In the Floor Academy episode: “Identifying Your Target Market: Do You Know Your Ideal Client Avatar,” guest, Paul Luccia, who recently retired as Owner of Cabot and Rowe, a company specializing in bathroom remodels, explained how to build lasting relationships with ideal clients, get referrals, and more, but most importantly, how to enjoy what you do every day.
Luccia’s ideal customer was someone looking for a dream bathroom who would select high-end materials and pay for a high-quality installation.
Over the years, Luccia learned how to identify prospects like this, and as a result, his business flourished. He charged premium rates for his area, which enabled him to take his time and do a great job for customers who really appreciated his work.
Kyle Hedin, host of The Floor Academy Podcast, asked, “How do you know, before you bid on a project, whether the prospects are your ideal clients? How do you tell the difference between someone who is willing to pay for quality work versus someone who is just trying to keep up with the Joneses? They see all the value in the materials and not in the installer.”
Throughout the episode, Luccia unpacked the answer to these and other questions, providing valuable insights for contractors who are struggling to establish themselves with their ideal clientele. Most of Luccia’s suggestions do not cost anything to implement.
Visit higher end tile shops and designers monthly.
He also recommends bringing your kids. “They love when children come in… It’s also a good way to get your kids to know, hey, this is what Dad does for a living. …This is where your food comes from.”
The monthly discussions are not necessarily always about work. “I get to know their families,” Luccia said. “At the end of the year, I like to present these big gift baskets… not as a bribe to get more work, but because I truly enjoy working with these people on a professional basis.”
Make it a point to regularly spend time with those who can connect you with your ideal clients.
Paul Luccia says to look for "pride of place."
One way to know whether prospects are your ideal clients is what Luccia calls “pride of place.” It is the concept that people who care about their home and possessions will be more likely to recognize the value a skilled installer delivers.
“When I show up at somebody’s house,” Luccia said, ” I know how well the house is kept. …Is there pride of place?” One might imagine Luccia was talking about how grand or expensive a home is, but he made sure listeners understood that this was not a concept with a dollar value attached. “You can be rich or poor and still have pride of place.”
Luccia rang a lot of doorbells and turned down a lot of work at first, but in time, he started meeting those customers who were willing to pay well for a job well done. Ironically, these are the same people who are more likely to respond to requests for referrals.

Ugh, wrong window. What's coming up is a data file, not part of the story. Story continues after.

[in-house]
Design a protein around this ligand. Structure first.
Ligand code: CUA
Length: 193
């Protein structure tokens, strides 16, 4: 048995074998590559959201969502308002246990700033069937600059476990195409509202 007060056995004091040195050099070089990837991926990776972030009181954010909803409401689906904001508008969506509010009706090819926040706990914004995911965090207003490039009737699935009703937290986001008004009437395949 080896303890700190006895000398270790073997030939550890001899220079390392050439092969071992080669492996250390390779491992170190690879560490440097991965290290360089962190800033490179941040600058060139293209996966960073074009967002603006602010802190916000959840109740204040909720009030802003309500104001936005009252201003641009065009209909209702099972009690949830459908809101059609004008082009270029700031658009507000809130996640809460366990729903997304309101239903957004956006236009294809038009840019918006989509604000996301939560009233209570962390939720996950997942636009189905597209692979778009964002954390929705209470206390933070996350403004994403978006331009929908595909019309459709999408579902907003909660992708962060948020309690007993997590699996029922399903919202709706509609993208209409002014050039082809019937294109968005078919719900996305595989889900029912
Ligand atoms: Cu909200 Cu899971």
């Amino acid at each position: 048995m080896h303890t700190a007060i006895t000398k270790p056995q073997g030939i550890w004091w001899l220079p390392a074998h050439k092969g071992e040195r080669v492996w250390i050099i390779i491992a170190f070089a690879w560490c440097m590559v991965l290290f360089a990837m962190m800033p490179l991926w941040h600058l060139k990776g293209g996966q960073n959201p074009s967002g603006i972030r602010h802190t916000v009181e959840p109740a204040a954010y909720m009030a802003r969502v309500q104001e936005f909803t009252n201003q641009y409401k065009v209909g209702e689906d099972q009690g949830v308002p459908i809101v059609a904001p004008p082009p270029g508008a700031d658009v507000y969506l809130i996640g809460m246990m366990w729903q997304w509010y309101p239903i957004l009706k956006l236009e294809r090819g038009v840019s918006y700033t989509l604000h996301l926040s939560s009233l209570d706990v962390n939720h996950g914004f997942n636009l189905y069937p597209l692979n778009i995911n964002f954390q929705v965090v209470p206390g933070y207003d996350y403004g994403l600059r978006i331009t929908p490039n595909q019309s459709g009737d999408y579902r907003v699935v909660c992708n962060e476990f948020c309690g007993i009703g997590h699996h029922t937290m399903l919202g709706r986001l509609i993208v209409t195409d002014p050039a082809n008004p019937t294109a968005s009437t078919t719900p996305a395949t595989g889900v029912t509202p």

Ask for referrals.
Go back to the people who recognize your value and ask them if they know anyone else who needs work. You must verbally encourage your existing customers to refer you.
“Personally, it’s not an insult to my professionalism for me to call up a customer and say, ‘Hey, you’re one of the favorite people I’ve ever liked working for. Do you have any friends who want some work done?’ …You’d be surprised. That’s when the floodgates open.”
Luccia warned, “People will always refer you to people like themselves. If they pay well, if they treat you nicely… or they’re just horrible to work for… You know, it works both ways. Don’t ask for referrals from people you don’t like.”
Let them know you care.
Luccia recommends getting to know prospects as people before jumping into details about the project. You might ask them how they like living in the neighborhood, pay attention to their dog, notice the artwork on the walls or their kids’ artwork on the refrigerator. Making “that human connection,” Luccia said, is not “a sales tactic.” He stresses that this connection must be genuine. Really care. Don’t fake it. People will know.
Luccia made a habit of sending cards once a year to past clients. He handwrote the names of the family and pets and personalized messages in each card.
Participate in online home repair forums.
- Expanding your knowledge
- Developing the ability to provide concise, accurate answers
- Learning how to talk to customers on their level without talking down to them
- Understanding and building trust with your target audience
Demonstrate your value.
“As a business owner, you should be able to come up with ten or twenty reasons why you’re better than the competition,” Luccia said. When you create this list of reasons, don’t mention your competition, and demonstrate your value without talking about money.”
“It’s hard to come up with it in the beginning until you realize all those little things you do,” Luccia said. It could be something as simple as using taking five minutes to Swiffer the floor before you leave or teaching employees good phone etiquette. “Those little things become ‘the culture of your business.'”
Enjoy what you do every day.
When it comes to running a successful business, Luccia explained, “The passion needs to be there. …You’re going to really need to enjoy what you’re doing. So, you need to find ways to make that happen.”
According to Luccia, visiting higher end tile shops and designers monthly, looking for “pride of place,” asking for referrals, letting people know you care, participating in online home repair forums, and demonstrating your value — are all practices that can make it possible for you “to enjoy what you do every day.”
These days Luccia is running Built With Foam, a custom foam business for remodeling contractors, and putting his years of experience to good use making quality products for tile installers.